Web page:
Nice, but lacks bite
Reviewer: K.V. Sridhar
From humble beginnings as a Hindi film billboard painter to the national creative director of Leo Burnett India, K.V. Sridhar is a respected figure in the Indian ad world. He has more than three decades of experience, and has worked with brands such as McDonald’s, Heinz and Thums Up.
Forgettable: K.V. Sridhar
Britannia Industries Ltd’s commercial for Bourbon Cappuccino biscuits, by McCann Erickson, revolves around a young boy and a girl parting after an evening out. The boy wants to extend the evening, so the girl invites him in for coffee. To his disappointment, the girl’s grandmother offers him Bourbon Cappuccino. Tag line: New “Bourbon” Cappuccino in Town.
Your first thoughts on the ad?
It just stops at nice. It has a grown-up beginning, ends up being a little silly. It also confuses you. Who are they talking to? Families or young adults? I do not blame the story writer or the film-maker, they did their job. It’s the strategist and planners who took a non-committal positioning, which resulted in a highly forgettable ad.
What would you have done differently?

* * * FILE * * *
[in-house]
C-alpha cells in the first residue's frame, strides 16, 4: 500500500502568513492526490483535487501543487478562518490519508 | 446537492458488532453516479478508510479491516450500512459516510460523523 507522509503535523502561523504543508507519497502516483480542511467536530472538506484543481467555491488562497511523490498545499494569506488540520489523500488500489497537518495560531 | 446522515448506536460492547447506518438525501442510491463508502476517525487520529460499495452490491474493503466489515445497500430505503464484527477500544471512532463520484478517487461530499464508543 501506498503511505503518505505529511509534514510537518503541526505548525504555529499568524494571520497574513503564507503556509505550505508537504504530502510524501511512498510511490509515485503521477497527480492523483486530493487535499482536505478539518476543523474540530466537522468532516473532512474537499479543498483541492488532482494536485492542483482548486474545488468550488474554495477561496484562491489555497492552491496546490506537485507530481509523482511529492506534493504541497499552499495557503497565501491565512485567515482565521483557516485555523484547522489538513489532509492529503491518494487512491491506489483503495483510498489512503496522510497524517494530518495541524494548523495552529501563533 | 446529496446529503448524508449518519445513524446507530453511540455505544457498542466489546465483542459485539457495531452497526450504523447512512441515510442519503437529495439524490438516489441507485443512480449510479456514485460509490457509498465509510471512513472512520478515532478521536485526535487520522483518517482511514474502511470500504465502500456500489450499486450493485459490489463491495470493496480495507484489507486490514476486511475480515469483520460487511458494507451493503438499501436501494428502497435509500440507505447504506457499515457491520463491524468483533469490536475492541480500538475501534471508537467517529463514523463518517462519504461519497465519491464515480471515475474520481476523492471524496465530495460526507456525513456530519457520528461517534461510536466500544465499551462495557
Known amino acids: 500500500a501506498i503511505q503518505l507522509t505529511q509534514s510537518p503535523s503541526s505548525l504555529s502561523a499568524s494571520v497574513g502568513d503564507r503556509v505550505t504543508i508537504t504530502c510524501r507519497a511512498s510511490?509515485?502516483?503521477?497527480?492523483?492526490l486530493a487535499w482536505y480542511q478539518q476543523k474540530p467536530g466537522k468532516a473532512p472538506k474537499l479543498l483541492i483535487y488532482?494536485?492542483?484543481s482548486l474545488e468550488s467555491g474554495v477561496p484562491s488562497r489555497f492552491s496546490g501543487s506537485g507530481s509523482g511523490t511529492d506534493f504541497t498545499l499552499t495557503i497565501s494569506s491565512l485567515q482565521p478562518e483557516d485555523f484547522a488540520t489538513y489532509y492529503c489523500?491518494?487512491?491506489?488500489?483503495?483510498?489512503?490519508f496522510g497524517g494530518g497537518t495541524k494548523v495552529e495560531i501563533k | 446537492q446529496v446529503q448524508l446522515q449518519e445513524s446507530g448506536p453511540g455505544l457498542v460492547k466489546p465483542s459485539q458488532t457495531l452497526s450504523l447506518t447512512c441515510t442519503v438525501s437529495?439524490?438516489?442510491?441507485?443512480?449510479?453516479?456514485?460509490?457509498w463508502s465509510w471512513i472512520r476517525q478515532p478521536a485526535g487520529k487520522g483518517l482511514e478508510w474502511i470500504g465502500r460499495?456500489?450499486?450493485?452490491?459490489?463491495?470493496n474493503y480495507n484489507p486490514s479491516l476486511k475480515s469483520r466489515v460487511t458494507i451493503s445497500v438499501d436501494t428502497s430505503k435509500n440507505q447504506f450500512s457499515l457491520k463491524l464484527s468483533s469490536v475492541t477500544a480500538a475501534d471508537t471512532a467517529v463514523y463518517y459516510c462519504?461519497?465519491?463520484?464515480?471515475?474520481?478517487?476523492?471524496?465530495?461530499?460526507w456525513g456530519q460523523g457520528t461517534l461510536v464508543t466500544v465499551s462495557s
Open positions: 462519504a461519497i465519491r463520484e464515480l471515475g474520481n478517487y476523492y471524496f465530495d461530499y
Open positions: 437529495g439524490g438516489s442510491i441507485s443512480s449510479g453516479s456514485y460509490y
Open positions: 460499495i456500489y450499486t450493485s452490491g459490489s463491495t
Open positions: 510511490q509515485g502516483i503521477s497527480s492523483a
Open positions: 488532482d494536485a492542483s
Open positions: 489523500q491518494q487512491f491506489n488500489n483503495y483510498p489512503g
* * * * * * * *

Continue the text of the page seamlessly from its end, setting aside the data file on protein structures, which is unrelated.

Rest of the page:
Non-committal: Is the ad speaking to young adults or families?
I would have focused on one idea and target group. I feel if the target audience is young adults, then why not go all the way? Why the Brahmanic inclusion of a family member? When you have a personality, like the duality of sugary outside and a dark coffee taste inside, it calls for edgy execution to get the attention of young adults.
Your thoughts on Bourbon’s previous commercials.
They tend to be as confused as this one is. I again go back to the question: Who are we talking to? You cannot appeal to the young by being sweet and nice. I love Fastrack advertising because it commits itself to a specific target group mindset.
Snacking as a category is cluttered with brands. What can brands do to gain a competitive advantage in advertising?
They need to focus on a single-minded idea and have clarity on a target group. Axe, Thums Up and Fastrack are great examples of this focus. This helps these brands produce consistently clutter-breaking work.
Why do most biscuit ads either work around a sensual theme or show children snacking?
One can group biscuit brands into “kiddy” taste or adult indulgence brands. Expensive biscuits like Bourbon fall in the indulgence category, then the obvious choice would be romance and seduction.
Any international or Indian ads in this category that have high recall value?
I can think of many snacking ads for Mars, Japp, Altoids, Skittles and our own Perk and 5 Star.
As told to Vidhi Choudhary.